Livingsta shares her positive experience in business administration, customer service and education.
Customer service is not just dealing with customers or just pleasing the customers and making them happy, but there are a lot of legislations and regulations involved that might affect the service or implementation of any service improvements. As a customer service advisor, one should be able to balance the requirements of the legislations and regulations with the needs of the organisation. In order to achieve this, one needs to have a good knowledge of the legislations and regulations and also the policies, procedures and practices of the organisation when dealing with service and its improvements.
When doing the above, approval needs to be taken from higher management in areas where authorisation of services exceed the limits of one's own authority. When implementing improvements, it is always best to discuss things with colleagues and all the partnership services involved.
This unit is a level 3 unit with a credit value of 6 and covers in detail all the above information. In order to have a look at the second part of this hub, please follow the link below:
2.1 & 2.2. What customer related legislation, external legislation and business regulation might affect the implementation of customer service improvements?
Legislations and regulations for an organisation originate from the organisation’s policies and procedures. Some of these have a direct impact or relationship between the organisation and the customer. In order for you to provide quality customer service, you need to understand and observe the rules and regulations relative to customer service procedures.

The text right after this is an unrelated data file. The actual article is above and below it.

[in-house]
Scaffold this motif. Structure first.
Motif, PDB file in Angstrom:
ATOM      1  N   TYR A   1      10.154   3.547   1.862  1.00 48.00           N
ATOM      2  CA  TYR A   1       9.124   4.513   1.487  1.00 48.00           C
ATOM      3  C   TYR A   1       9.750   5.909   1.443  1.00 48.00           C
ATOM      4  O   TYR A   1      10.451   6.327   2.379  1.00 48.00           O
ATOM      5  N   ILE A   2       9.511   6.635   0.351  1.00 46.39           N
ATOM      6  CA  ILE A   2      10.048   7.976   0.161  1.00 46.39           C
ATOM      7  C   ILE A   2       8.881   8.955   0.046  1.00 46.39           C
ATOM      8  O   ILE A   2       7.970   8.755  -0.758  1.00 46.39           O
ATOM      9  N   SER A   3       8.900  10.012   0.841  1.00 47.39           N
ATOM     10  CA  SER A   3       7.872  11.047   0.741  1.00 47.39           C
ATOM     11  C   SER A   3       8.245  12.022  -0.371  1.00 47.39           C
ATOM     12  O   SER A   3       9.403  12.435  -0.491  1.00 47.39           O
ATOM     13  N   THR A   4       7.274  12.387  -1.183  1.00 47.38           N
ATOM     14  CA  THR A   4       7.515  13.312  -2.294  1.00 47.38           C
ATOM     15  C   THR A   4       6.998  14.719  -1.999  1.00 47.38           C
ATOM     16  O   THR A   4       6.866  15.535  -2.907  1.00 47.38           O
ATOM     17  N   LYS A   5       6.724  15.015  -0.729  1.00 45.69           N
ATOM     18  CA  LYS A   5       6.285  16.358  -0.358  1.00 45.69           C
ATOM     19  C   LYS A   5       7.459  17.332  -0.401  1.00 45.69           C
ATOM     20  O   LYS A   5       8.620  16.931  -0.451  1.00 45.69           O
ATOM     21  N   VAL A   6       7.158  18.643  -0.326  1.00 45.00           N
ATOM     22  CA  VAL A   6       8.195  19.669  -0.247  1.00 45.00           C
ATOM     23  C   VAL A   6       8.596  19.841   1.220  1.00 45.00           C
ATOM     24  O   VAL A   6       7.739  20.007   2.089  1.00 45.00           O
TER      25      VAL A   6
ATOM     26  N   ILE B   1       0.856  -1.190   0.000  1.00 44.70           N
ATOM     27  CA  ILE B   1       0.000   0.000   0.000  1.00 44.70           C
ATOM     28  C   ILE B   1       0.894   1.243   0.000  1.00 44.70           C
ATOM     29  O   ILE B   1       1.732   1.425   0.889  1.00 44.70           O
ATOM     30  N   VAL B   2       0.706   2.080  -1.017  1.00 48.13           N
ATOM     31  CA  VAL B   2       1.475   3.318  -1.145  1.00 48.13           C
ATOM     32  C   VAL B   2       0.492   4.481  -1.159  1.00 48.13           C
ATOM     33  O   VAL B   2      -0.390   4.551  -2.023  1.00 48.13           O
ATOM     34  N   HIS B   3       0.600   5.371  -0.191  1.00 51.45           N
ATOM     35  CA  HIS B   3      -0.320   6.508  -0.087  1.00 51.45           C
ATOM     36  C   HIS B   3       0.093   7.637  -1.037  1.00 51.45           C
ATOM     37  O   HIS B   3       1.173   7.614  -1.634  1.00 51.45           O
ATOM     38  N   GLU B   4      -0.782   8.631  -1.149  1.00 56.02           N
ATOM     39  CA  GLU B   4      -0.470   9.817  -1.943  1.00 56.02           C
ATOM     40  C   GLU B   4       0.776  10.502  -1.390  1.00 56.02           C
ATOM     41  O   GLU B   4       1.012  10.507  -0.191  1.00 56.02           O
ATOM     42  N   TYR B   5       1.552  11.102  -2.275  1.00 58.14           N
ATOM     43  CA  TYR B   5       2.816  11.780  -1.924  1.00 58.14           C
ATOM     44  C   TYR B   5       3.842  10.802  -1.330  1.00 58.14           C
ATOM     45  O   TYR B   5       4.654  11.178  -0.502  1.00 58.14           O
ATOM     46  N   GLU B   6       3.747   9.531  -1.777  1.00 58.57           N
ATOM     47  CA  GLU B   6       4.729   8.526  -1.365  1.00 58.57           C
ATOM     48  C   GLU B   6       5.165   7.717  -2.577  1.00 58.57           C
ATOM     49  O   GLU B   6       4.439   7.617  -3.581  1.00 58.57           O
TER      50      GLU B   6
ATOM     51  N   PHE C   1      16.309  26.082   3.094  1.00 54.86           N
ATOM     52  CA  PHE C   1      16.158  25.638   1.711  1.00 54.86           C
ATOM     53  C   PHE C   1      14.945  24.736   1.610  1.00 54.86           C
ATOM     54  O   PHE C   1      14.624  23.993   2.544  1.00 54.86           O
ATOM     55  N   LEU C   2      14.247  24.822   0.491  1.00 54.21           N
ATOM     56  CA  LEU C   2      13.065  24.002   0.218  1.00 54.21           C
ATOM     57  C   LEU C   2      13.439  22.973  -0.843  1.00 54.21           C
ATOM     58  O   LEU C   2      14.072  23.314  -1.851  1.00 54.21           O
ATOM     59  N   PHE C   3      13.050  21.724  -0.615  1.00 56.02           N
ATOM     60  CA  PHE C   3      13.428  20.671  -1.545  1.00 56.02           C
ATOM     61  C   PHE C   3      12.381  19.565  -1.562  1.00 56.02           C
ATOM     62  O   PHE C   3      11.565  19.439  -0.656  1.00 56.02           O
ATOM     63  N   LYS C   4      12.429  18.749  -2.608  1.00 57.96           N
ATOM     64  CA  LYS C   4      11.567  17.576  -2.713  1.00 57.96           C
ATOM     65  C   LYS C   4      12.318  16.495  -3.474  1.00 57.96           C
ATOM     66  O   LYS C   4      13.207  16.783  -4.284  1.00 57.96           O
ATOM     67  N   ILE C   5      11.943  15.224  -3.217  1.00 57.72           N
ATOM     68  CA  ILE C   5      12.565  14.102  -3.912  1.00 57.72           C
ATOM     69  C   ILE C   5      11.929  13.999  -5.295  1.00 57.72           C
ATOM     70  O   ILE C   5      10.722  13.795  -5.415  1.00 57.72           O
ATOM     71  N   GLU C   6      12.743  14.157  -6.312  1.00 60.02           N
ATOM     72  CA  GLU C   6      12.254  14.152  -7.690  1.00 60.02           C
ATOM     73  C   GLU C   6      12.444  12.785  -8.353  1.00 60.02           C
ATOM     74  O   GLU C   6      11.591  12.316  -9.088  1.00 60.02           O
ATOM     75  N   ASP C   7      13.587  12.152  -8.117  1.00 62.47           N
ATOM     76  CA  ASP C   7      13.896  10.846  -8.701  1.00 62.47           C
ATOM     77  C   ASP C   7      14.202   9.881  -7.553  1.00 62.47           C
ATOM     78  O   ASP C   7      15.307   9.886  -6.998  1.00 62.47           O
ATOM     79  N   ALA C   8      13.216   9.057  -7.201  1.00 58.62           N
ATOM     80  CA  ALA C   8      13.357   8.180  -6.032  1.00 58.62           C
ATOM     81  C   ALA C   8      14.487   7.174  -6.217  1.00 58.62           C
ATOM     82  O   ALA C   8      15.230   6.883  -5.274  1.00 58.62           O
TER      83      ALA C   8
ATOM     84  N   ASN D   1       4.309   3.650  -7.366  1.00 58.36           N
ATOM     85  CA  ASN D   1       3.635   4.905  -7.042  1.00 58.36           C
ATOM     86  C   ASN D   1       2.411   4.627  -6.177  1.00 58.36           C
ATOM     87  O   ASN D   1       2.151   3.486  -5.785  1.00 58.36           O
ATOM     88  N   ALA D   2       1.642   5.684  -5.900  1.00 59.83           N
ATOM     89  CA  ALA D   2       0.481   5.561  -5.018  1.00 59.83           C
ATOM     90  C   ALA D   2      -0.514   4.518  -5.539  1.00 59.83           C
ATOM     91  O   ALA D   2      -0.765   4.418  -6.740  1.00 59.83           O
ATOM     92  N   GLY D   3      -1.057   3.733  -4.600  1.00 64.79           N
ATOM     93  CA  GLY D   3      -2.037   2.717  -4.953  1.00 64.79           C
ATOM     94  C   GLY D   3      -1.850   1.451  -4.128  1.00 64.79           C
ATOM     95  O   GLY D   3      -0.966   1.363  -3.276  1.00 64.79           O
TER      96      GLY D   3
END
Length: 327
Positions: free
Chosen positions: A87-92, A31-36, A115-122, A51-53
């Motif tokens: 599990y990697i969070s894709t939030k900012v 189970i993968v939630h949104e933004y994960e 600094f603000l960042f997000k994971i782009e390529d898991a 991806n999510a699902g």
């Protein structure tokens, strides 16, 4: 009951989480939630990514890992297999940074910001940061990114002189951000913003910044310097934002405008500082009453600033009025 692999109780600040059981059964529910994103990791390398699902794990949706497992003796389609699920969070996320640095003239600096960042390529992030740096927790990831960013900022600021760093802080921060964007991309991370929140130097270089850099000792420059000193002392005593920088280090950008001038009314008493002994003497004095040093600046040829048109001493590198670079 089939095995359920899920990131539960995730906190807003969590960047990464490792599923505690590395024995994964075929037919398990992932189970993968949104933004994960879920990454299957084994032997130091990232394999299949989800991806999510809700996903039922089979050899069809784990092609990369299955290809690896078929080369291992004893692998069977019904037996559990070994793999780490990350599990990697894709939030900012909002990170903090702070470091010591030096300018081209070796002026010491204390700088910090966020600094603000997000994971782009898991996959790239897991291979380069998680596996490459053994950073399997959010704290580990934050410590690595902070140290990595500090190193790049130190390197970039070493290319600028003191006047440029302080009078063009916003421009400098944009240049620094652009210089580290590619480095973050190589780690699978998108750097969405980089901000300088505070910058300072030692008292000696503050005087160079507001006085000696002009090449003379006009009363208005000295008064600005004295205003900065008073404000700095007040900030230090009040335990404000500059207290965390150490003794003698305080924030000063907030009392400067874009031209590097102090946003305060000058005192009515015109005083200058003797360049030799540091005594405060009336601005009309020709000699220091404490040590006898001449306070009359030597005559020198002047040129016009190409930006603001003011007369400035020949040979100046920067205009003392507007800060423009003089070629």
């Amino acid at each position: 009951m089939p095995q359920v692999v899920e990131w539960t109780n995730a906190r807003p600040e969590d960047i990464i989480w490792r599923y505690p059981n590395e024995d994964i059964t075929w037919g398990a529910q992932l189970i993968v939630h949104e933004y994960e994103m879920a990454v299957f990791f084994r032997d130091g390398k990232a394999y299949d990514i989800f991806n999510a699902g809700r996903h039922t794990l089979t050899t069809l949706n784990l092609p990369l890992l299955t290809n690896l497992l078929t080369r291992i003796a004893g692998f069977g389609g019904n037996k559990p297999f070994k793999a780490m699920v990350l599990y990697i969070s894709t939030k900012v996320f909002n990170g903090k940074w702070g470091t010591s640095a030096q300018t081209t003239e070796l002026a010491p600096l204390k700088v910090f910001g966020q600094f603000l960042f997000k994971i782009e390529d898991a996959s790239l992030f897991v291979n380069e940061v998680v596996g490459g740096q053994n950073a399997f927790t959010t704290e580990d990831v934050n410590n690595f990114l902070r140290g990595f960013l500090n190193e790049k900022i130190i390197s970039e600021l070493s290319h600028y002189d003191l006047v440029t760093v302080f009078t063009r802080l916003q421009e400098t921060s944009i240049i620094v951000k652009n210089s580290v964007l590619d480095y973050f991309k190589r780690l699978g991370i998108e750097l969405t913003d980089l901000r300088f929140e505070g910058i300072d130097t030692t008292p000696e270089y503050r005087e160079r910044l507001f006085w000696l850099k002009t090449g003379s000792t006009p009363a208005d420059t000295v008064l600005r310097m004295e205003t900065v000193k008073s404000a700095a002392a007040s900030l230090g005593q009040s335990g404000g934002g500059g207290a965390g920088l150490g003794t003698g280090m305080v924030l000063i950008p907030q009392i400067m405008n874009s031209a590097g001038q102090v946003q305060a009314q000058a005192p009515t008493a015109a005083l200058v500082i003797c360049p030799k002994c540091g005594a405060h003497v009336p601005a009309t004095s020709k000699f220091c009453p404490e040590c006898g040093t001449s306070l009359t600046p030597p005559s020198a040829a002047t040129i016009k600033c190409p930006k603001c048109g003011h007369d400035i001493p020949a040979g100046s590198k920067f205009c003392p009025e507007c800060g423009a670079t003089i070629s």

The main legislations that our organisation complies with are,
- Data Protection Act 1998
- Freedom of Information Act 2000
- Environmental Information Regulations 2004
- Local Government Act 1972
- Local Government Act 2000
- Disabilities Discrimination Act 1995
- Sale of Goods Act 1979
- Sale and Supply of Goods act 1994
- Supply of Goods and Services Act 1982
- Consumer Protection Act 1987
- Consumer Credit Act
- All other laws relating to local authorities
When it comes to customer service, the legislations and regulations that might affect the implementation of customer service improvements are
- Equal Opportunity
- Protection from violence and bullying
- Fair trading
- Training legislation and standards
- Health and safety
- Risk and hazard management
- Food safety
- Data Protection
- Freedom of Information
2.3. Describe a time when you have balanced the requirements of legislation and external regulation with the needs of the organisation when implementing custome
Customer Service is like a backbone for any organisation. So when dealing with customers one has to take utmost care so as to not commit any errors and also take care to follow all the legislations and regulations of the organisation.